'How pleasant it is to spend an evening in this way! I declare that after all there is no enjoyment like reading! How much sooner one tires of any thing than of a book! — When I have a house of my own, I shall be miserable if I have not an excellent library.' No one made any reply. She then yawned again, threw aside her book, and cast her eyes round the room in quest of some amusement. — from Pride and Prejudice, by Jane Austen (1775-1817)
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July 10, 2012

Grain by grain





      'Risotto,' he said.
      She touched his cheek. 'It's lovely having somebody to cook risotto for one. It really is.' And then she burst out laughing. 'How corny I sound.'
      'But it's true,' he said, smiling and laying his hand gently against her cheek;  the reciprocated gesture. 'There's something very calming about risotto. You can eat it very slowly, if you like, grain by grain, cherishing each one. That's how we should approach life, I think. We should savour every little bit of it, every single grain.'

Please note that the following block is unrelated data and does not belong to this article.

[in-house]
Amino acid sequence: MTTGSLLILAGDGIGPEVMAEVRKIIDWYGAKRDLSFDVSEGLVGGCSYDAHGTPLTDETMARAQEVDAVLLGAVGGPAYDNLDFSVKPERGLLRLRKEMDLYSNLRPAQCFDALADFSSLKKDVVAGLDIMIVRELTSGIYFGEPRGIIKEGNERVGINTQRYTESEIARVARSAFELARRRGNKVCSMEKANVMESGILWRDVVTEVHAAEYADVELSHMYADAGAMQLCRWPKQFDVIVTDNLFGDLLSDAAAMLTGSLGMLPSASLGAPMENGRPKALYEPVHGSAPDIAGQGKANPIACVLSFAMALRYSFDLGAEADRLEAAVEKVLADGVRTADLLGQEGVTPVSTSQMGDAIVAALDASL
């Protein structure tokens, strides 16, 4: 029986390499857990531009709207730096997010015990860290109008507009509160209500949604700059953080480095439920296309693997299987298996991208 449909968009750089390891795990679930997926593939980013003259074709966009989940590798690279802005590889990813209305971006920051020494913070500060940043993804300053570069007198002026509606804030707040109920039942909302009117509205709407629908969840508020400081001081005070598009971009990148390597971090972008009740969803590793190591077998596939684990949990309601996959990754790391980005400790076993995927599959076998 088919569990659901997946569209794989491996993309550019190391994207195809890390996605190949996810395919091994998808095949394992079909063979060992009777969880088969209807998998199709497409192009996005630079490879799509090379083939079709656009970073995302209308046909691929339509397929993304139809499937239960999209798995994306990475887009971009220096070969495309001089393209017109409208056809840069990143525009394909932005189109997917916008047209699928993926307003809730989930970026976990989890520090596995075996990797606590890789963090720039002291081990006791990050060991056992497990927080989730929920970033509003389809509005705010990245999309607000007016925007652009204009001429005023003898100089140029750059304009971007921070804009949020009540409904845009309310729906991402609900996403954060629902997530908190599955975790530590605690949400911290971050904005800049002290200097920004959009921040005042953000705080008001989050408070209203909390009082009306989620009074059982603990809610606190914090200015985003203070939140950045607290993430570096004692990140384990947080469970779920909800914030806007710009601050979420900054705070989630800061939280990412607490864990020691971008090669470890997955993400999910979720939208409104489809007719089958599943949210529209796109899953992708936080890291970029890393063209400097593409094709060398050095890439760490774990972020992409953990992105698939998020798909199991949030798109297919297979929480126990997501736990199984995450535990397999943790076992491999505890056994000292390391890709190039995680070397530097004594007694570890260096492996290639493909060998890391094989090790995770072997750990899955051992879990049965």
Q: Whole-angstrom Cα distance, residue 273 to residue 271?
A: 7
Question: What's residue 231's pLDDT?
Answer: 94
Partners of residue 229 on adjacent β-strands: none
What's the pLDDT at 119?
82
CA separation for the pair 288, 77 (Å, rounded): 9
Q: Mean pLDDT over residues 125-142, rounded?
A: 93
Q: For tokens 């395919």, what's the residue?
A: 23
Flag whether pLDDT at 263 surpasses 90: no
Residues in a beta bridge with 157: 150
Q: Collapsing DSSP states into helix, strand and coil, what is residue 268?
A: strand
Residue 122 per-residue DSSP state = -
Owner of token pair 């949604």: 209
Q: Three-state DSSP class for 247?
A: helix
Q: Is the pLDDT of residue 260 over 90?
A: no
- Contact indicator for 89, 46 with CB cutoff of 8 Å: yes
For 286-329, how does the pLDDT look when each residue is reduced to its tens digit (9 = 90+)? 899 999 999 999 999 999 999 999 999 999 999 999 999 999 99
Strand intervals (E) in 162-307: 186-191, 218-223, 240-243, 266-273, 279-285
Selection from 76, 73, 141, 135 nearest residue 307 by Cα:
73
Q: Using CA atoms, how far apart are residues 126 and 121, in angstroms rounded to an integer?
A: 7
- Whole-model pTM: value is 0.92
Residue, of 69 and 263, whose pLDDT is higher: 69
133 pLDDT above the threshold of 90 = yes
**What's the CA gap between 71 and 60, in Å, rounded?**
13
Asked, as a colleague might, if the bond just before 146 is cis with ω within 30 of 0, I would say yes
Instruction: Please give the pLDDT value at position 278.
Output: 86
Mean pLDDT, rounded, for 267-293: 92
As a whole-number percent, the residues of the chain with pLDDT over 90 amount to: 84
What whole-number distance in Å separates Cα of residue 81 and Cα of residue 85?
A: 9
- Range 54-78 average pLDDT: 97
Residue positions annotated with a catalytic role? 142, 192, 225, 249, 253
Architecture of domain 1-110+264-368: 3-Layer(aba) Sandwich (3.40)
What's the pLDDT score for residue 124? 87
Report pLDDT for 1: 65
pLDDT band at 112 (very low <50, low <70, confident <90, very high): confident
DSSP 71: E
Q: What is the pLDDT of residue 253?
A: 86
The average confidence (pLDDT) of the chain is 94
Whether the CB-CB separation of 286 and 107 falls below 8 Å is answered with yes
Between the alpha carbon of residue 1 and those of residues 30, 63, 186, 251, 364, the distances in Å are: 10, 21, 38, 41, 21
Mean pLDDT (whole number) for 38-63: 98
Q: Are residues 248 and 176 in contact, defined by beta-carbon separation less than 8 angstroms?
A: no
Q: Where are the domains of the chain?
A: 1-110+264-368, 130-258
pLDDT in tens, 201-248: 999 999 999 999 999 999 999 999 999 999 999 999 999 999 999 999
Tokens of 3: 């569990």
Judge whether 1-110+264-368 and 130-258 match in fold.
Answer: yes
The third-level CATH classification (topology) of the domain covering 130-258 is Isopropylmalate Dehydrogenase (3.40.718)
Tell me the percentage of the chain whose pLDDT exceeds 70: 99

from A Conspiracy of Friends, by Alexander McCall Smith
(Chapter 57:  'Risotto at Last')


For some reason, this third installment of the Corduroy Mansions serial didn't seem to have the same ... fun? zippiness? mental wide-rangingness? ... as the first two books had. But I still enjoyed it very much, it still had its moments, and there's risotto in it again (risotto being a recurring theme in Professor Smith's work). 

{beautiful hand-hammered copper risotto pan found here}



3 comments:

Lilac In May said...

Lovely piece, I so agree about risotto. It's the original happy meal!

Nan said...

I'm just now reading the first one, and so enjoying it. Lots of wisdom in those little chapters. And how I love the dog!

Karen K. said...

I like the No. 1 Ladies' series but I never got into Corduroy Mansions. However, I'm tickled to read about risotto because it's one of my favorite things to cook for myself. It's one of the only foods my husband won't eat so I only cook it when he's not home for dinner.

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